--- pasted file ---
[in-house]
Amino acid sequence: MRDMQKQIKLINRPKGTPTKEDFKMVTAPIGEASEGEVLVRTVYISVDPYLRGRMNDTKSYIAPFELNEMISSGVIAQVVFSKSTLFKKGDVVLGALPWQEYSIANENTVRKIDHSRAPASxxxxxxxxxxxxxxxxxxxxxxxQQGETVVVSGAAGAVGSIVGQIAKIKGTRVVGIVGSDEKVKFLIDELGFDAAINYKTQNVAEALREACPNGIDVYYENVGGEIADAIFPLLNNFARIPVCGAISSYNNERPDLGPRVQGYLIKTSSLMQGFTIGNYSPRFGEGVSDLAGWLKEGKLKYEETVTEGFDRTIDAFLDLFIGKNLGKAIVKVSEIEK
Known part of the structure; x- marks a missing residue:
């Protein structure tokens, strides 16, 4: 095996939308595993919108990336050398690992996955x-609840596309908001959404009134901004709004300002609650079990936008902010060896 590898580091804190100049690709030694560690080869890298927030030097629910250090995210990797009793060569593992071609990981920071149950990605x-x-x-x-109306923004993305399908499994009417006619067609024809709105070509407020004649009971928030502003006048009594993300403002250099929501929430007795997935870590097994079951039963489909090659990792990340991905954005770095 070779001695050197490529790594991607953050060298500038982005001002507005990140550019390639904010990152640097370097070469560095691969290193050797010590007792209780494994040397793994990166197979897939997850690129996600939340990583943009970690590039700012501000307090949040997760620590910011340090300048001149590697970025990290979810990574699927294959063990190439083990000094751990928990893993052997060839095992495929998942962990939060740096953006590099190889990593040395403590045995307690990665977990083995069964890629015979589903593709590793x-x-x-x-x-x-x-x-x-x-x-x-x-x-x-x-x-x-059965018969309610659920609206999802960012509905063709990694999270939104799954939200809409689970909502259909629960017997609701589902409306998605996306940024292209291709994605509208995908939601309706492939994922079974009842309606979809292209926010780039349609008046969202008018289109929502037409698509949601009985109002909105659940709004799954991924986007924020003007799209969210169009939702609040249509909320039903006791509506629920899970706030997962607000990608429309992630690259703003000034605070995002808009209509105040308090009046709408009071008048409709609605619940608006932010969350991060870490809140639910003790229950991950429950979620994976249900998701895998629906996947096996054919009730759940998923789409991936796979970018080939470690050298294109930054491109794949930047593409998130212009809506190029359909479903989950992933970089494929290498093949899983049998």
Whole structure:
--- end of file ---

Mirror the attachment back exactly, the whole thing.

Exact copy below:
[in-house]
Amino acid sequence: MRDMQKQIKLINRPKGTPTKEDFKMVTAPIGEASEGEVLVRTVYISVDPYLRGRMNDTKSYIAPFELNEMISSGVIAQVVFSKSTLFKKGDVVLGALPWQEYSIANENTVRKIDHSRAPASxxxxxxxxxxxxxxxxxxxxxxxQQGETVVVSGAAGAVGSIVGQIAKIKGTRVVGIVGSDEKVKFLIDELGFDAAINYKTQNVAEALREACPNGIDVYYENVGGEIADAIFPLLNNFARIPVCGAISSYNNERPDLGPRVQGYLIKTSSLMQGFTIGNYSPRFGEGVSDLAGWLKEGKLKYEETVTEGFDRTIDAFLDLFIGKNLGKAIVKVSEIEK
Known part of the structure; x- marks a missing residue:
């Protein structure tokens, strides 16, 4: 095996939308595993919108990336050398690992996955x-609840596309908001959404009134901004709004300002609650079990936008902010060896 590898580091804190100049690709030694560690080869890298927030030097629910250090995210990797009793060569593992071609990981920071149950990605x-x-x-x-109306923004993305399908499994009417006619067609024809709105070509407020004649009971928030502003006048009594993300403002250099929501929430007795997935870590097994079951039963489909090659990792990340991905954005770095 070779001695050197490529790594991607953050060298500038982005001002507005990140550019390639904010990152640097370097070469560095691969290193050797010590007792209780494994040397793994990166197979897939997850690129996600939340990583943009970690590039700012501000307090949040997760620590910011340090300048001149590697970025990290979810990574699927294959063990190439083990000094751990928990893993052997060839095992495929998942962990939060740096953006590099190889990593040395403590045995307690990665977990083995069964890629015979589903593709590793x-x-x-x-x-x-x-x-x-x-x-x-x-x-x-x-x-x-059965018969309610659920609206999802960012509905063709990694999270939104799954939200809409689970909502259909629960017997609701589902409306998605996306940024292209291709994605509208995908939601309706492939994922079974009842309606979809292209926010780039349609008046969202008018289109929502037409698509949601009985109002909105659940709004799954991924986007924020003007799209969210169009939702609040249509909320039903006791509506629920899970706030997962607000990608429309992630690259703003000034605070995002808009209509105040308090009046709408009071008048409709609605619940608006932010969350991060870490809140639910003790229950991950429950979620994976249900998701895998629906996947096996054919009730759940998923789409991936796979970018080939470690050298294109930054491109794949930047593409998130212009809506190029359909479903989950992933970089494929290498093949899983049998």
Whole structure: